I wrote this story for Reuters, where it first appeared:
As solar panel prices have plummeted over the past year, photovoltaic power plants have become a more attractive option for utilities under pressure to meet renewable energy targets.
Case in point: Late last week utility Southern California Edison announced it had signed contracts for 239.5 megawatts of electricity to be generated by 20 small-scale photovoltaic farms.
“Photovoltaics are definitely more cost competitive than they were just a couple of years ago,” said Mike Marelli, director of contracts for renewable and alternative power at Southern California Edison. “We’re seeing just a wild response to our solicitations for projects.”
The utility has inked deals in past years for huge solar thermal power plants that can generate 500 megawatts or more. But those projects — which focus large arrays of mirrors on liquid-filled boilers to generate steam that drives electricity-generating turbines – need vast stretches of desert land. Transmission lines must often be built or upgraded to carry the power to coastal cities.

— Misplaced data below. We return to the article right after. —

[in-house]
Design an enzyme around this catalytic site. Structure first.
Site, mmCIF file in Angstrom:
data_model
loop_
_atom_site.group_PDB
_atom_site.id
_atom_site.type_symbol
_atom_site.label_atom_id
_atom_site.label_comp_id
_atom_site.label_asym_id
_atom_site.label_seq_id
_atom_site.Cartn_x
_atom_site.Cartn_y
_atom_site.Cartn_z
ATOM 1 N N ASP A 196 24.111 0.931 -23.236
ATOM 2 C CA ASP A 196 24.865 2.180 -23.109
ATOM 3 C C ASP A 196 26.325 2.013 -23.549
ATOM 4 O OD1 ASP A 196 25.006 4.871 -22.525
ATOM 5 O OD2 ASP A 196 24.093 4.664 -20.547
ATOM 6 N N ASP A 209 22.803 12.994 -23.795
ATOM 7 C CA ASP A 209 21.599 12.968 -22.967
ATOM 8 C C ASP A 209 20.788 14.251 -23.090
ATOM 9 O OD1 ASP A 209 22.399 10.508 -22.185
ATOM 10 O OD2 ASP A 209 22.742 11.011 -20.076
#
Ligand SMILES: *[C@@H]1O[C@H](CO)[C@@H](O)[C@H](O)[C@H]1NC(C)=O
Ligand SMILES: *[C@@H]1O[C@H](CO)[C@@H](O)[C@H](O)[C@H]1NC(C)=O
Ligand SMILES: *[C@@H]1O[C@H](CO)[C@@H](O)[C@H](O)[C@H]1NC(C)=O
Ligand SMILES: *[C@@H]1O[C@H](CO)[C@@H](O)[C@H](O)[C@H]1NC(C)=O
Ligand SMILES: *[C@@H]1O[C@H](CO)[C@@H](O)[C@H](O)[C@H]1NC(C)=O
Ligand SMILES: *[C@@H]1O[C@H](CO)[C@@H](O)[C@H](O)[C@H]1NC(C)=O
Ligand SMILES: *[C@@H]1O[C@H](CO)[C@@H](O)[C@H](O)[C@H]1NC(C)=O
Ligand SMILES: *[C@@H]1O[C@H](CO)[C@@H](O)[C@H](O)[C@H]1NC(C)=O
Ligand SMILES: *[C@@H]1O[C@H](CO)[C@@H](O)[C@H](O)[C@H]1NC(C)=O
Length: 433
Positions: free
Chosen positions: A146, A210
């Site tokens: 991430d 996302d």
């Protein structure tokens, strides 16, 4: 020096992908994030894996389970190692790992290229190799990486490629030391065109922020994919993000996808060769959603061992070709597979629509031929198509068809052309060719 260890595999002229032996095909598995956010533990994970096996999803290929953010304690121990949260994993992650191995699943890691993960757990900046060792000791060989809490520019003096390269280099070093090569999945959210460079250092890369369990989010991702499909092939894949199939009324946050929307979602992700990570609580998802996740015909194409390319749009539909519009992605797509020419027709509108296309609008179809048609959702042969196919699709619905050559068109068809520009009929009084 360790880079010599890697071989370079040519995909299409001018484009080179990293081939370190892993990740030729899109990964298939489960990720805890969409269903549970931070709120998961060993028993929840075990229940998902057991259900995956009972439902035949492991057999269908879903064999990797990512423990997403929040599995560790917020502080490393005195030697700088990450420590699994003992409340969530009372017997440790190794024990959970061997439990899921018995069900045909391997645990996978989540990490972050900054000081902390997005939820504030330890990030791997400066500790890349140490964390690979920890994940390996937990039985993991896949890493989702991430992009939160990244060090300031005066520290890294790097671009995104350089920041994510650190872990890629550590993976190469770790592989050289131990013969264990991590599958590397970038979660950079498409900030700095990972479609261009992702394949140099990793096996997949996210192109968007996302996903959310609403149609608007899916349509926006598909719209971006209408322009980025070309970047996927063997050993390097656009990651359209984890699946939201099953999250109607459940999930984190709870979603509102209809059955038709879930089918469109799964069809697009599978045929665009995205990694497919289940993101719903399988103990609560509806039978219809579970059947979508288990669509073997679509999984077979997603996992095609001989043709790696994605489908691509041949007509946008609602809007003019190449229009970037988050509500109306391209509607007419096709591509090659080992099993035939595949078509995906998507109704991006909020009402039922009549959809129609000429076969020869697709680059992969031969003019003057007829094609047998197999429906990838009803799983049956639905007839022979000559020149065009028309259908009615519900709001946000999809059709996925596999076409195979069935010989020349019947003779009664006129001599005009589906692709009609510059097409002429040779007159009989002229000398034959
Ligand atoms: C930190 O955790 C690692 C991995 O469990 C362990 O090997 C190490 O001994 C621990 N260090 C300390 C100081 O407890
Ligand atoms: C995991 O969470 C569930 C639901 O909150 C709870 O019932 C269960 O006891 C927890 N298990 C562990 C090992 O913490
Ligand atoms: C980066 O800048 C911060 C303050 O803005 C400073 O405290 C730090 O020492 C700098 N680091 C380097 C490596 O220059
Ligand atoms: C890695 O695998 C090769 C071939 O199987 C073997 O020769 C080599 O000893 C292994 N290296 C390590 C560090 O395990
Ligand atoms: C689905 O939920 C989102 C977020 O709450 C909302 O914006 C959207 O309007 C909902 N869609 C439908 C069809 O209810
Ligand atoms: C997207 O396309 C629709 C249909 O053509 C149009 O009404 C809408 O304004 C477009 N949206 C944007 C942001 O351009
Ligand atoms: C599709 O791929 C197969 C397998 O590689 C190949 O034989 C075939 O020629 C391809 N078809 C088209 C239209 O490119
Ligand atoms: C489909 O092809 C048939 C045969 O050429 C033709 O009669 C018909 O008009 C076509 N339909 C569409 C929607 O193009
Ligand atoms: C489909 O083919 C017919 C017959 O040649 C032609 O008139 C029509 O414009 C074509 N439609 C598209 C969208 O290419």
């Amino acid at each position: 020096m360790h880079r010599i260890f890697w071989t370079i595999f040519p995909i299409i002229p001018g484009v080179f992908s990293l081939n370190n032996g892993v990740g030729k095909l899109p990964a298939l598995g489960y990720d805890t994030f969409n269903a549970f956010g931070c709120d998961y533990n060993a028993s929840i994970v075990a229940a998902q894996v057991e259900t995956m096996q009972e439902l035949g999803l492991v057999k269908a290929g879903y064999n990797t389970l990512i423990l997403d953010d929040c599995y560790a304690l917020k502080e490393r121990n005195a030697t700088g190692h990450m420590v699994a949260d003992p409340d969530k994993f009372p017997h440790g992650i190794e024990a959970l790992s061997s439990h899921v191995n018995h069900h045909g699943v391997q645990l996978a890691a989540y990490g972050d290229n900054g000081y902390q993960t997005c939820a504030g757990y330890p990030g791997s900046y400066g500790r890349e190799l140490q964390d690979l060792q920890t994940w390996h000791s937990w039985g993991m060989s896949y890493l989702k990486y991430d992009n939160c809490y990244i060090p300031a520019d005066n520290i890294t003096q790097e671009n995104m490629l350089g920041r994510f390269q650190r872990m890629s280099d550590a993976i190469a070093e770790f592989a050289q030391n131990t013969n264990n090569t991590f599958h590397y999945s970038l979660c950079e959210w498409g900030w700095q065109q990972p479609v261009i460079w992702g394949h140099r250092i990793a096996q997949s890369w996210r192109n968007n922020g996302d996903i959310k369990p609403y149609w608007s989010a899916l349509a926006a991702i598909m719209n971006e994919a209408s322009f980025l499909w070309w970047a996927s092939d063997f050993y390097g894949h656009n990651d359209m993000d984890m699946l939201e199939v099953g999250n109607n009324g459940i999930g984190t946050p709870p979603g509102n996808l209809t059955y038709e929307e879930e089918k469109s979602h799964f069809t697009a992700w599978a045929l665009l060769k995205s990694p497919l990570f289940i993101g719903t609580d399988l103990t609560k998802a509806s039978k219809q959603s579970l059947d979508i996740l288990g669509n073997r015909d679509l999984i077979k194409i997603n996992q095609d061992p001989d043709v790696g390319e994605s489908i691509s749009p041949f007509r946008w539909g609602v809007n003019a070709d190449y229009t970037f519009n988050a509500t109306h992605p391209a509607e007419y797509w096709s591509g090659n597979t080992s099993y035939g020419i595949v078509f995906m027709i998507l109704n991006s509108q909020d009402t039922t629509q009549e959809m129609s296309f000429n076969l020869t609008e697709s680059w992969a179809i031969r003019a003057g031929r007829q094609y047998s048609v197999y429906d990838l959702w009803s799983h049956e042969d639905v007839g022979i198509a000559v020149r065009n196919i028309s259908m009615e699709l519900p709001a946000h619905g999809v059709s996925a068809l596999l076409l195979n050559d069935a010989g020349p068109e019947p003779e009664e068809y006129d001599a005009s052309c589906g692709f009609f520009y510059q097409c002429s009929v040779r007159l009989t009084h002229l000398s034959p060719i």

The photovoltaic farms, ranging in size from five megawatts to 20 megawatts, are designed to be built near existing transmission lines or substations and plugged into the grid. And in California, for instance, photovoltaic power plants do not undergo the extensive environmental review required of big solar thermal projects, meaning they can be built much more quickly.
In the power purchase agreements reached last week, Southern California Edison also for the first time placed bets on a technology known as concentrating photovoltaics – -CPV — signing contracts for 28.5 megawatts of electricity to be generated by four projects using technology supplied by Amonix, a Seal Beach, Calif., company.
Resembling supersized solar panels, each Amonix CPV power generator is 77 feet by 50 feet and produces 72 kilowatts of electricity by using plastic lenses to focus the sun on tiny but highly efficient solar cells.
The panels are more efficient than conventional photovoltaic modules but high production costs, technological challenges and other hurdles had kept CPV on the sidelines with just a few small installations operating around the world.
You can read the rest of the story here.